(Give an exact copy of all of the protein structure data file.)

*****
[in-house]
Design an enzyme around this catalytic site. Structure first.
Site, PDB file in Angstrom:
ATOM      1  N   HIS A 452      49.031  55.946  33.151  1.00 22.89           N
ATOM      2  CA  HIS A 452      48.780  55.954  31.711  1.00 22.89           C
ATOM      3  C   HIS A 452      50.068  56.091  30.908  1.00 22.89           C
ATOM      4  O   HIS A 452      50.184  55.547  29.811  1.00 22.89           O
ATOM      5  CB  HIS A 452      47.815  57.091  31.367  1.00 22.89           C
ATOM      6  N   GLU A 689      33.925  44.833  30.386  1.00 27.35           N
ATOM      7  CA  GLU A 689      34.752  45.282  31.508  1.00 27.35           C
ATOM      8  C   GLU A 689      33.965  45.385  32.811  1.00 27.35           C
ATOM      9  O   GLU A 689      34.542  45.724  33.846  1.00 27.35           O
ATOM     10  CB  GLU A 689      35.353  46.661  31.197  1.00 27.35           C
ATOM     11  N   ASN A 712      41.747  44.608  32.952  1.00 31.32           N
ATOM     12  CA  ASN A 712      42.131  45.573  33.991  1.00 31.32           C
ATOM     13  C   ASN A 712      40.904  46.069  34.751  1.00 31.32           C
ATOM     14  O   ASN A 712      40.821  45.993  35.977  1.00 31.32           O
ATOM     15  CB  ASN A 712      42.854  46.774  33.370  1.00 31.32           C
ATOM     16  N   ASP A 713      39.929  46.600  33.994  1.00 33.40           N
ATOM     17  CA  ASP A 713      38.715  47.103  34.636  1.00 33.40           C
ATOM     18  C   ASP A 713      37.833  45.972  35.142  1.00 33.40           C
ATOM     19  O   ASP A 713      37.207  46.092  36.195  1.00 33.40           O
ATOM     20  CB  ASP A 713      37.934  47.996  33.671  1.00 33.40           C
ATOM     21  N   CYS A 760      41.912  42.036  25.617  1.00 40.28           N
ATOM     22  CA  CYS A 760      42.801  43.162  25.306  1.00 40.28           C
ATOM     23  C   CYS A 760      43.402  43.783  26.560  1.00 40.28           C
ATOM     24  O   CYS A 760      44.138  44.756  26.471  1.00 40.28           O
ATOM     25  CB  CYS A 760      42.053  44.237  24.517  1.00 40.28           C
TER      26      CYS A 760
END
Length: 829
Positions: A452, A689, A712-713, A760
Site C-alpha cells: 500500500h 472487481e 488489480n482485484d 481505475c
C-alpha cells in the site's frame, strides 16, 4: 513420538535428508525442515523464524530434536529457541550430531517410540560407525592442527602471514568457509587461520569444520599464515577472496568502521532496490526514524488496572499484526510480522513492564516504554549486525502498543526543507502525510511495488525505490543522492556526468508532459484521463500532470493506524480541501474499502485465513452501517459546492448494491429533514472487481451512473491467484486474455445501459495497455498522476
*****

[in-house]
Design an enzyme around this catalytic site. Structure first.
Site, PDB file in Angstrom:
ATOM      1  N   HIS A 452      49.031  55.946  33.151  1.00 22.89           N
ATOM      2  CA  HIS A 452      48.780  55.954  31.711  1.00 22.89           C
ATOM      3  C   HIS A 452      50.068  56.091  30.908  1.00 22.89           C
ATOM      4  O   HIS A 452      50.184  55.547  29.811  1.00 22.89           O
ATOM      5  CB  HIS A 452      47.815  57.091  31.367  1.00 22.89           C
ATOM      6  N   GLU A 689      33.925  44.833  30.386  1.00 27.35           N
ATOM      7  CA  GLU A 689      34.752  45.282  31.508  1.00 27.35           C
ATOM      8  C   GLU A 689      33.965  45.385  32.811  1.00 27.35           C
ATOM      9  O   GLU A 689      34.542  45.724  33.846  1.00 27.35           O
ATOM     10  CB  GLU A 689      35.353  46.661  31.197  1.00 27.35           C
ATOM     11  N   ASN A 712      41.747  44.608  32.952  1.00 31.32           N
ATOM     12  CA  ASN A 712      42.131  45.573  33.991  1.00 31.32           C
ATOM     13  C   ASN A 712      40.904  46.069  34.751  1.00 31.32           C
ATOM     14  O   ASN A 712      40.821  45.993  35.977  1.00 31.32           O
ATOM     15  CB  ASN A 712      42.854  46.774  33.370  1.00 31.32           C
ATOM     16  N   ASP A 713      39.929  46.600  33.994  1.00 33.40           N
ATOM     17  CA  ASP A 713      38.715  47.103  34.636  1.00 33.40           C
ATOM     18  C   ASP A 713      37.833  45.972  35.142  1.00 33.40           C
ATOM     19  O   ASP A 713      37.207  46.092  36.195  1.00 33.40           O
ATOM     20  CB  ASP A 713      37.934  47.996  33.671  1.00 33.40           C
ATOM     21  N   CYS A 760      41.912  42.036  25.617  1.00 40.28           N
ATOM     22  CA  CYS A 760      42.801  43.162  25.306  1.00 40.28           C
ATOM     23  C   CYS A 760      43.402  43.783  26.560  1.00 40.28           C
ATOM     24  O   CYS A 760      44.138  44.756  26.471  1.00 40.28           O
ATOM     25  CB  CYS A 760      42.053  44.237  24.517  1.00 40.28           C
TER      26      CYS A 760
END
Length: 829
Positions: A452, A689, A712-713, A760
Site C-alpha cells: 500500500h 472487481e 488489480n482485484d 481505475c
C-alpha cells in the site's frame, strides 16, 4: 513420538535428508525442515523464524530434536529457541550430531517410540560407525592442527602471514568457509587461520569444520599464515577472496568502521532496490526514524488496572499484526510480522513492564516504554549486525502498543526543507502525510511495488525505490543522492556526468508532459484521463500532470493506524480541501474499502485465513452501517459546492448494491429533514472487481451512473491467484486474455445501459495497455498522476